Bleep that. The Browns canned Chudzinski the first minute they could. Man was that a stupid thing to do. Look, I have no idea if Chudzinski can be a successful NFL coach. He had a rough first year. But that’s the point. It was his FIRST YEAR. Bill Belichick went 5-11 his first year in New England after four losing seasons out of five in Cleveland. Pete Carroll had losing records his first two years. Jimmy Johnson’s first Cowboys team went 1-15. I mean, you have to give the guy a chance.
Well, actually, no, you don’t HAVE to give him a chance. And they didn’t. That’s what bad organizations do.
But, credit where credit is due, while I and some others disagreed with the Chudzinski firing, we do have to give the Browns their due when it came to a thorough and intensive plan for bringing in a new coach which ... no, I’m sorry, I can’t even keep a straight face through that much sarcasm. The coaching search that followed was, best I can tell, the same plot as “Grown Ups 2.” So many people turned down the Browns that in Bizarro World, the Bleveland Crowns have more coaches than Luxembourg has people.
And, yes, I did strain my neck a little making that last crack.
The Browns finally hired Bills defensive coordinator Mike Pettine, who did coordinate the 20th ranked defense by points for the third year in a row. But, hey, at that point -- what difference did that make? He got hired. He was in. Mike Pettine? Fine. Just hire somebody, anybody, and stop being a laughingstock.
You know that feeling you have after you make a major move? You sit in your new place, exhausted, irritated, surrounded by boxes, and you think: “I am never, ever moving again.” That’s what it’s like rooting for the Browns. Only the boxes never get unpacked. And the instant you begin to feel just slightly at ease, you have to move again.
So now, it’s Mike Pettine, maybe he will be a good coach, maybe he will be a train-wreck, but either way just keep things the same for a little while and see what happens. A little stability. Just a little stability ...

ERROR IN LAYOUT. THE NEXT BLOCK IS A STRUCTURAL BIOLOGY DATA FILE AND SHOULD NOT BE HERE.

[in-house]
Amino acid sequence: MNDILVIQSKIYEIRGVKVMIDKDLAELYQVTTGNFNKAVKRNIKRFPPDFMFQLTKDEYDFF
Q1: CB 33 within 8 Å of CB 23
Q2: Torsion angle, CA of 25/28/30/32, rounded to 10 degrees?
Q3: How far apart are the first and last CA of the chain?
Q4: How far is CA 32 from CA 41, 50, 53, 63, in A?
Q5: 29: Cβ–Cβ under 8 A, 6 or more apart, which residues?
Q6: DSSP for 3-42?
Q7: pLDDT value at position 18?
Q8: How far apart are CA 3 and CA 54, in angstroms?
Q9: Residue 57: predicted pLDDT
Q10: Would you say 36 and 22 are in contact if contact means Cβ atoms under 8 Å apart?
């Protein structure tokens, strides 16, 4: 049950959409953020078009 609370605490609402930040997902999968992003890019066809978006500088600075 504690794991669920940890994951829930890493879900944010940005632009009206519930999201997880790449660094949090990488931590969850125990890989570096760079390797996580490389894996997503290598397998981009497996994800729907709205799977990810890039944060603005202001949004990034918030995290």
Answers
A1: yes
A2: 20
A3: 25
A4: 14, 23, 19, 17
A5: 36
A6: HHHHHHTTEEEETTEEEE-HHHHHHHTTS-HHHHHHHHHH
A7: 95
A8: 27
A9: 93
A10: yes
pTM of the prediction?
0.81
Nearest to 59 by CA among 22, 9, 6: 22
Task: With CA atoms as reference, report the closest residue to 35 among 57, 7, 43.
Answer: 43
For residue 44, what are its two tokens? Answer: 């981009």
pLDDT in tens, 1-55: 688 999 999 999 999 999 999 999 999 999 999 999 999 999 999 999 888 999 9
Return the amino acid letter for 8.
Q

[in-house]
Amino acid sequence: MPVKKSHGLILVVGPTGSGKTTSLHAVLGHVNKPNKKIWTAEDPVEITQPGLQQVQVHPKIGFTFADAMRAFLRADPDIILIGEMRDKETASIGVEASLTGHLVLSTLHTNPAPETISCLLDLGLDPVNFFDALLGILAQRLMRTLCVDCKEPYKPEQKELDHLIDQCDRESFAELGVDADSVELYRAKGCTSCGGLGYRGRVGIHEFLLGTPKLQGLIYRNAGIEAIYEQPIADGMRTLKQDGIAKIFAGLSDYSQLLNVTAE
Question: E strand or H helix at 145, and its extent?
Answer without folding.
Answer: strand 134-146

Right. Tuesday, the Browns announced that Lombardi and Banner were leaving the team. Of course they are. Banner, in one of the greatest ever misuses of a word, called his departure, “bittersweet.” This would suggest that his departure was a little bit bitter and a little bit sweet. You tell me, what was sweet about taking the job, firing the old coach, hiring a new coach, trading a player many regarded as the team’s future star, losing a lot of games, firing the new coach, hiring a new-new coach and then getting shoved out the door? What was sweet about that? The food? The company car? What?
The new, new, new Browns GM is Ray Farmer, who I knew a little bit in Kansas City and who is, best I can tell, a fine guy and a fine football guy. But what difference does that make? At this point, he’s only even odds to make it through Valentine’s Day.
The Browns owner JImmy Haslam is the man behind this fiasco. He explained Tuesday that this latest bit of lunacy, like all the other bits of lunacy, was meant to “provide our fans with the winning organization they have long deserved.” And this is the point. Jimmy Haslam, like all dreadful owners, has no earthly idea what a winning organization looks like. He just knows what one doesn’t look like.